Over the past 9 months I have been involved in setting up an island in Second Life for the Virginia Society for Technology in Education (VSTE). It has been a wonderful experience. I have met many new people, and expanded my technology and interpersonal skill sets.
But lately a couple of personal problems have popped up that have really been bothering me. You see, as a member of the group that has been involved in setting up this island, I am getting interviewed. By itself, that is not a concern.
I can talk in front of cameras and into audio recording devices, and sometimes I even almost sound like I know what is going on, which is nice. The issue is that I annoy myself. When I listen to myself, I think things like, "How many times can you say Um in a sentence? Idiot."
Perhaps I should have paid better attention in the public speaking class I had in college and not treated it like a joke. But really, how serious can you take a class that you can't fail? The only class that was easier was Weight Lifting. You record your progress and do an end of semester workout- A. In speech class, you stand at a podium and babble for the appropriate amount of time and you pass.
The interview that I gave for the VSTE Podcast Edge (Warning- if you try to download the video- it is very large! Patience...) really hammered home the fact that I am a "Nose Breather," or NB as I now refer to this affliction. This interview was done in Second Life and I was using a headset with a mic while the interviewer was recording a movie with his screen capture software.
I first figured out that I had this problem when I was doing some screen capture video clips for a Second Life video on Jamestown. Knowing I had this problem, I tried to breathe through my mouth in the interview, but I can still hear it.
I find my own NBing very annoying. The funny thing is that I have never really noticed anyone else doing it, so discovering that it was a problem, and thinking that I was the only one who had it, was very troublesome. I think I really started NBing after I stopped smoking. I found that I could actually breathe out of my nose and so I must have figured that it was something I wanted to get really good at. I breathe in before I speak- that is when the issue is most pronounced. So, it goes like this- deep breath in through the nose, with maybe a little whistle, then, "Yes, I like to go walking with my dog...."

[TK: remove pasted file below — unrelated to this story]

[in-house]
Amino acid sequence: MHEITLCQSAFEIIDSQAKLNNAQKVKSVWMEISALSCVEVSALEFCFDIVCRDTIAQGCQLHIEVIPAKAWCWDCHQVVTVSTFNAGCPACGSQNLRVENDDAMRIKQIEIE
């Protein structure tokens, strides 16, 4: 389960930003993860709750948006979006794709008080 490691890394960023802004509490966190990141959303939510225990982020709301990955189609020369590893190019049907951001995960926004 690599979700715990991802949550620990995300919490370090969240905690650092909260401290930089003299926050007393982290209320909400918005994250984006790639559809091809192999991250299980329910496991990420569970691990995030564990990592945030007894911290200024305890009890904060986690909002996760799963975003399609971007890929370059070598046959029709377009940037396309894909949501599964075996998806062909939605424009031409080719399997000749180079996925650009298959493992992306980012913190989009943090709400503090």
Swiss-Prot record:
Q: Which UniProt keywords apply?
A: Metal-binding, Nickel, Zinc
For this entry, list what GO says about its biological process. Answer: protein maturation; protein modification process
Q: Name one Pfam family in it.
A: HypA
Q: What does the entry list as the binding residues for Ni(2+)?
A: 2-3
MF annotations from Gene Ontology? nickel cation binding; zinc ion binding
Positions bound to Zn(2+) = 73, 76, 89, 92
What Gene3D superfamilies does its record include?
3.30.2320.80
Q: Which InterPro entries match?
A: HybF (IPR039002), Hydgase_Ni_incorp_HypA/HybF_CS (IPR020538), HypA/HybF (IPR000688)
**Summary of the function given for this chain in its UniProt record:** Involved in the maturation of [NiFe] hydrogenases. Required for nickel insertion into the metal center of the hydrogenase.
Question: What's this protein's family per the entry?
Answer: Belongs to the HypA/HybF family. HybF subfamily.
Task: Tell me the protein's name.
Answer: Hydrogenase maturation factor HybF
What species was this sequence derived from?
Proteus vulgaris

I think my on camera skills are much better only because I can't hear the NBing. But just barely... I was interviewed on the local VBTV show- Access Virginia Beach (Under the embedded Windows Media File click- View Specific Segments for this video, and Click #12). In this segment I tried to suppress my natural head bobbing movements and facial expressions and ended up looking like I was about to fall asleep.
Over acting comes natural to me. Behaving normally does not, and when I try to be normal, people ask me if something is wrong. I can be the fool, but can I be Mr. Serious? Doesn't seem that way.
Recently, I was interviewed for a group of ITRT's in the western part of Virginia in Second Life. Since I am the member of a group, I tried to participate and answer one or two questions, but for the most part I tried to stay quiet. I just hid behind my avatar and and used the back channeling of the chat window. I felt like this one went better but I did not see it from the interviewer's perspective.
The most remarkable thing of all is that anyone would actually care about what I have to say. My children listen when I say, "Let's go get a Slurpee!" And my dog hears me when I say, "Wanna go for a run?" That it is pretty much it.
I am not used to saying things that are important to others... Maybe I should practice saying important things and then I won't annoy myself any longer. Probably not!
Fortunately, it seems like interview time is finished for me. While I would rather work on speaking like Captain Kirk, I think I just need to learn to breathe in through my mouth and try to act like a more normalized version of myself. Maybe I can channel the emotionless Data from Star Trek who fakes emotions to fit in with people. Or, I could just stay away from recording devices when someone wants the serious me and say things like, "I have no comment at this time."